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  • Writer's pictureJoel Dwek

ITALY: Maggese - Cesare Cremonini

Updated: Apr 10, 2023

Moving on from his pop rock days, Cesare Cremonini's sophomore effort is a sophisticated pop album with an arty and classical edge

Cesare Cremonini first came to prominence in Italy with the release of 1999’s …squérez?, the first and only album released with his band Lunapop. The piano pop style was immediately popular, and the album has some undeniable hit songs, such as the catchy 50 Special, Cremonini was keen to break out from the pop rock stylings of his former band once they split up in 2002. His sophomore effort was Maggese, the album that spawned one of his most successful singles, and cemented his position in Italy as a songwriter and singer to be reckoned with.

“From the clean piano playing, the horns, the organs, the middle eight where the horns and clarinet go into a musical break and Cremonini sings “it’s cold but it’s London!”, it couldn’t be more Beatles-esque.”

The album has a sophisticated pop edge to it. The instrumentation is lush, with a full band behind him consisting of pianos, guitars, drums, and bass, alongside strings, horns, Hammond organs, as well as synths. In addition, the final four tracks, Carillion and Linda & Moreno Parte I,II,III, are where Cremonini gets to show off his classical music roots. The album probably didn’t need those four final classical piano tracks, as it pushes the album to almost an hour in length, but they definitely do not detract from the album. At best they add a pleasant coda to a nice sophisti-pop album, at worst, they could be considered an ego trip. Fortunately, I rather like its inclusion, even if it wasn’t entirely necessary for the album. It does serve one purpose, however, and that is to show a complete change of tack from his earlier days as an exuberant pop rocker.

Cremonini is perhaps on surest footing when singing about love, heartbreak, and relationships, and it’s not a coincidence that the best songs on the album relate to those topics. The title track is a particularly beautiful song, sounding a lot like an Italian Penny Lane. The Beatles influence is felt throughout the album, but on this track in particular. From the clean piano playing, the horns, the organs, the middle eight where the horns and clarinet go into a musical break and Cremonini sings “it’s cold but it’s London!”, it couldn’t be more Beatles-esque. It’s not a rip-off, however, it’s a loving tribute to an incredible band who have clearly been an influence on Cremonini, as well as most musicians since the 1960s. It is also lyrically very strong. Maggese is an Italian word meaning fallow, or fallow land more specifically in this case, as Cremonini recounts the aftermath of a break-up, and the hardships that follow. In the end, the chorus has a strikingly positive refrain.

Ogni volta, ogni maggese, che ritorna

A dar vita a un seme

Sarà vita nuova anche per me

The above means “every time, every fallow period, that returns life to a seed, will be new life for me as well”, which I feel adds a poignant element to what could be a standard break up song. The preceding lyrics speak of Cremonini’s sadness and pain at being unable to get over the end of the relationship, but the chorus provides the listener with hope. The months will pass, and hopefully, he will be able to rejuvenate and grow. This album also contains Cremonini’s most famous and successful single, Marmellata #25, another great song about the end of a relationship. This might be my favourite song on the album, though Maggese gives it a good run for its money. It too is more interesting than it might initially seem. It is again a song about heartbreak, but this time Cremonini finds himself burying his sorrows in “chili di marmellata” – kilos of jam, to me and you. It’s slightly comic but also melancholy. It’s another song about being stuck in second gear and attempting to move on from a devastating break up, but Cremonini is able to present them in a unique manner with a bittersweet outlook that is reflected in the music itself.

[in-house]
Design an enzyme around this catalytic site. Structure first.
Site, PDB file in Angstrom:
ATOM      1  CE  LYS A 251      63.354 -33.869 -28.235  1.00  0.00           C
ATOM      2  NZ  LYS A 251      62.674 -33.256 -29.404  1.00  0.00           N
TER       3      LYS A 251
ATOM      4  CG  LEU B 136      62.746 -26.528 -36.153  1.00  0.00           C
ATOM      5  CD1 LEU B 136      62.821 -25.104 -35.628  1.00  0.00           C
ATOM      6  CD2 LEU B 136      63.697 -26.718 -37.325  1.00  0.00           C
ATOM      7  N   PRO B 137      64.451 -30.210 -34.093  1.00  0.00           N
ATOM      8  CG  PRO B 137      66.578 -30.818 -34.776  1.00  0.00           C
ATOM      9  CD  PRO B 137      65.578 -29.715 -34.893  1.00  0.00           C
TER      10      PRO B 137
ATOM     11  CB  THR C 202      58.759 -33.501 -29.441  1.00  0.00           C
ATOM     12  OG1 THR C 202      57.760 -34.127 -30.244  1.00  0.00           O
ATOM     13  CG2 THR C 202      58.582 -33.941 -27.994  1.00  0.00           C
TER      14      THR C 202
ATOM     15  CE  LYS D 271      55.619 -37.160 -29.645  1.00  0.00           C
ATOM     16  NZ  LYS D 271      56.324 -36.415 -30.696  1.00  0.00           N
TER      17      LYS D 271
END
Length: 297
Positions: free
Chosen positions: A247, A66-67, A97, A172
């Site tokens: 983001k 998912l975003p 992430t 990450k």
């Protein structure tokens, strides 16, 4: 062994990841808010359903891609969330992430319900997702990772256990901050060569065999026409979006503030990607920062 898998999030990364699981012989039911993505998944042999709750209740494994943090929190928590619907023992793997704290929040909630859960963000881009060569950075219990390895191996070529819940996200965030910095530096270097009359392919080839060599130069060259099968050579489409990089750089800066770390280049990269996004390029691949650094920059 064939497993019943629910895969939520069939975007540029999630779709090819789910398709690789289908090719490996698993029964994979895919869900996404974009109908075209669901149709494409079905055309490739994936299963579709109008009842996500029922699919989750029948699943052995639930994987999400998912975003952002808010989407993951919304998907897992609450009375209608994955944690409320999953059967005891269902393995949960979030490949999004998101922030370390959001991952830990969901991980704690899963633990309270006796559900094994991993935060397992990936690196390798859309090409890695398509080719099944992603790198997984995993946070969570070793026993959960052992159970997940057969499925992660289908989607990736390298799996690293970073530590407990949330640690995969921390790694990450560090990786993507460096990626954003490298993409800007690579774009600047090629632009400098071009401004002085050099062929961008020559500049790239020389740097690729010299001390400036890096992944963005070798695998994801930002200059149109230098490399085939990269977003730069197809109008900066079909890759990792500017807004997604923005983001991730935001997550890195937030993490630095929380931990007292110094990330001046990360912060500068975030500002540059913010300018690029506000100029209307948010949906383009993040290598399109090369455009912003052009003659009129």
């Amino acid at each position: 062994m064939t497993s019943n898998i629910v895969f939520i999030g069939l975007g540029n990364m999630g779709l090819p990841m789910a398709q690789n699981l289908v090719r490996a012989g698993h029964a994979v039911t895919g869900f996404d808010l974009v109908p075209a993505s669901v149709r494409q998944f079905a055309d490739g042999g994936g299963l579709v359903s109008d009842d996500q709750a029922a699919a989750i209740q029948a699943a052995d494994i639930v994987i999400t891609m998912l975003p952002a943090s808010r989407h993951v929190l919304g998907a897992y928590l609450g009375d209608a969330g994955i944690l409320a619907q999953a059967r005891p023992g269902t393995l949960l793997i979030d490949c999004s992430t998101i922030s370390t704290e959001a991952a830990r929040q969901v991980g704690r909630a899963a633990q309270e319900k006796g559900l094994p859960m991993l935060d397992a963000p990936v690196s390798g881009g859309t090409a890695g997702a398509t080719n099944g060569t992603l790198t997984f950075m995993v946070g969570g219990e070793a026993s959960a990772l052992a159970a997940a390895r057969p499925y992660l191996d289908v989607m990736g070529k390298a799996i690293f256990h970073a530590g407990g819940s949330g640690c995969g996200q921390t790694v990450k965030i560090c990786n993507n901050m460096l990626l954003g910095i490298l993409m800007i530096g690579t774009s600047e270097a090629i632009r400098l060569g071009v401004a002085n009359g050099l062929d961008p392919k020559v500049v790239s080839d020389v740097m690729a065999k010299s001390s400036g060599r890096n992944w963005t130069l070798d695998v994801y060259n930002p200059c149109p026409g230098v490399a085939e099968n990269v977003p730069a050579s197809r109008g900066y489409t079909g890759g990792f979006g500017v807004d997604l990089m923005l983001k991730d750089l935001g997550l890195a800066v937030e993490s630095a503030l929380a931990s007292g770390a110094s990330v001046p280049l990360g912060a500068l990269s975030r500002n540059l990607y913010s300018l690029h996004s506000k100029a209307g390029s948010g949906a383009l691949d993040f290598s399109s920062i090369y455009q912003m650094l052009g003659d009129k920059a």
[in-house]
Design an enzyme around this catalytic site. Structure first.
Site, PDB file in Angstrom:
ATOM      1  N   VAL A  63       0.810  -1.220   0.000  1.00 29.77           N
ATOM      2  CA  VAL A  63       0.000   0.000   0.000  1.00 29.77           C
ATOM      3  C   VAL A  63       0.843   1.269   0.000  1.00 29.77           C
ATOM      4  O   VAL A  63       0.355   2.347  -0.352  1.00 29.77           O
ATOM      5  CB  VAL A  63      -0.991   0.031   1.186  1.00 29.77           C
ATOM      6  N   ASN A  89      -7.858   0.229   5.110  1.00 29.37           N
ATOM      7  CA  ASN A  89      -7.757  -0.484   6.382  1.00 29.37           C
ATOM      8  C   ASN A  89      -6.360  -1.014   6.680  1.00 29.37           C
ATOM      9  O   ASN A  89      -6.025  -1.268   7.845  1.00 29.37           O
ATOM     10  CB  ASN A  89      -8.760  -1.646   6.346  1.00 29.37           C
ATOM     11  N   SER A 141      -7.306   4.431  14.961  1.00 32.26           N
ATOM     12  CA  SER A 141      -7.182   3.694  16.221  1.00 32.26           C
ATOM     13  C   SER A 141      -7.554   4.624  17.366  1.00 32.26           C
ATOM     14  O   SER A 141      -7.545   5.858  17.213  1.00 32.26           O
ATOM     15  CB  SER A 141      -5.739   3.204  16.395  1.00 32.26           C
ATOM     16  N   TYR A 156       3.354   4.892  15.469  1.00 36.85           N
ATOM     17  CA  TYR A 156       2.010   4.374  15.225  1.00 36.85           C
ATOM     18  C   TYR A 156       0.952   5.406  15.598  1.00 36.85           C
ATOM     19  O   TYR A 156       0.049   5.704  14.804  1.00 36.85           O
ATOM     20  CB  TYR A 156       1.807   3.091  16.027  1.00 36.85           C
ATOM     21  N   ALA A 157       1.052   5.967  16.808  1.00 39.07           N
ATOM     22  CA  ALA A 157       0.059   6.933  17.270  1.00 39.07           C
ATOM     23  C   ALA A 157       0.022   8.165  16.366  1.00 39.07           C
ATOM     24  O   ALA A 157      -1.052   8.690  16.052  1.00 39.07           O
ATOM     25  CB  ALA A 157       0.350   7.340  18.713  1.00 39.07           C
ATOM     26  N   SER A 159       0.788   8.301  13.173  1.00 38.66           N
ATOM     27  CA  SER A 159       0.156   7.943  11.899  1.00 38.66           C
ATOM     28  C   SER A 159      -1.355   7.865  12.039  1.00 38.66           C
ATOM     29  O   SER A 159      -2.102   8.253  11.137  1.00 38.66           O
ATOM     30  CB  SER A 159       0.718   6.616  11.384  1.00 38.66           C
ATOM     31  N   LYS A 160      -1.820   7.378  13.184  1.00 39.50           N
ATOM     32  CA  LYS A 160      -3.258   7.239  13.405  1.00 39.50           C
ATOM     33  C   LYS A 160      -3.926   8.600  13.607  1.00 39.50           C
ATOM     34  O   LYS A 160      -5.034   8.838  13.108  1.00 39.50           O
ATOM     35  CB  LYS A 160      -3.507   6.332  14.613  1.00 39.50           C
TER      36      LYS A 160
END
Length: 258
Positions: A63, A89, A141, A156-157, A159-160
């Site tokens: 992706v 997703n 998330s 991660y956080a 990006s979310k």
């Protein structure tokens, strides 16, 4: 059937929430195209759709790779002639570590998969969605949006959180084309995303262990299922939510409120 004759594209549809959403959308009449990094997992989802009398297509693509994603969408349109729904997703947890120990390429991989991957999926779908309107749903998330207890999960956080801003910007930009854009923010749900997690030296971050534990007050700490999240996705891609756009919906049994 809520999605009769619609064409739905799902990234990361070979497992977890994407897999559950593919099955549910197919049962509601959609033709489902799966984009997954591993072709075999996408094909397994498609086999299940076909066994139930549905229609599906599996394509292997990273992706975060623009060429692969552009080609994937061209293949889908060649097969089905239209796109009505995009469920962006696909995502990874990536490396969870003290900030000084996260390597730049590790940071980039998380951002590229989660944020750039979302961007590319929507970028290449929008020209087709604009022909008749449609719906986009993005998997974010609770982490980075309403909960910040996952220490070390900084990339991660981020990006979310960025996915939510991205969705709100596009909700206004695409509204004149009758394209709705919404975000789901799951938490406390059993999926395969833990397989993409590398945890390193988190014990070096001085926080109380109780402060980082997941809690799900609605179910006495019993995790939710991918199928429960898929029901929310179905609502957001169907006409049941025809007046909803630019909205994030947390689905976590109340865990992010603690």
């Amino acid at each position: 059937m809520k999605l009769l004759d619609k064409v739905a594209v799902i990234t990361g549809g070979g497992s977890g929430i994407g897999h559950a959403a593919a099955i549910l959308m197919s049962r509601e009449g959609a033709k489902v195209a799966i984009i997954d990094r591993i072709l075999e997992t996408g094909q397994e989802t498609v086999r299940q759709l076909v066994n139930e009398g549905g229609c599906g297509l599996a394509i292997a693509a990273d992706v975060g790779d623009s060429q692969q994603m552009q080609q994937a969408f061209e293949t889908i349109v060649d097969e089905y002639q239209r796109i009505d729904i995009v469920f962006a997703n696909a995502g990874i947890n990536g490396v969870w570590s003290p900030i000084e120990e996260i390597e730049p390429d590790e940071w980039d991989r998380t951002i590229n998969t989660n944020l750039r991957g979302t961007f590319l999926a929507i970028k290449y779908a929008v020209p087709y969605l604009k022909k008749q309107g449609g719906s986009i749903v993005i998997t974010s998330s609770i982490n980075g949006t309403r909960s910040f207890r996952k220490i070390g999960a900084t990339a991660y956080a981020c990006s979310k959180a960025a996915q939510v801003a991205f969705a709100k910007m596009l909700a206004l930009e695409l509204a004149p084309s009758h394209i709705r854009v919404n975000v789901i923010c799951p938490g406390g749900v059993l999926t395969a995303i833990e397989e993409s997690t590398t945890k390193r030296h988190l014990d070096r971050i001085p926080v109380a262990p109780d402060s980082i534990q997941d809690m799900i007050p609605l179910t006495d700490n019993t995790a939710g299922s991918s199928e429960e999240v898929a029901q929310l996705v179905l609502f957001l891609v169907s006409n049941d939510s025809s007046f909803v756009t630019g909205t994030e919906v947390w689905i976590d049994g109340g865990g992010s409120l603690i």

I also have a soft spot for the songs Ancora un po’ and Sardegna. The former is rockier, the latter is acoustic and soft, similar in style to the Napolitano folk singer Enzo Gragnaniello, though it too yields to the sound that Cremonini seems most comfortable in, which is soft, smooth balladeering. If I have a problem with the album, its that Cremonini tries to do too much in it. None of the songs are particularly bad, but they are all rather similar in style and theme, and after a while it gets repetitive. When I’ve gone back to listen to some of the latter songs in isolation like Amami or Momento Silenzioso, I really like them – Cremonini has a great ear for a resonant hook - but in the context of the album, it is too much. The classical music finale does provide variety, but as aforementioned, it isn’t really in-keeping with the overriding musical aesthetic. Overall, however, it is a good album, with many good songs and a couple of great ones. There’s enough invention in there for it to be interesting upon relisten, and it’s accessible enough for someone not to be put off by his occasional flights of fancy.


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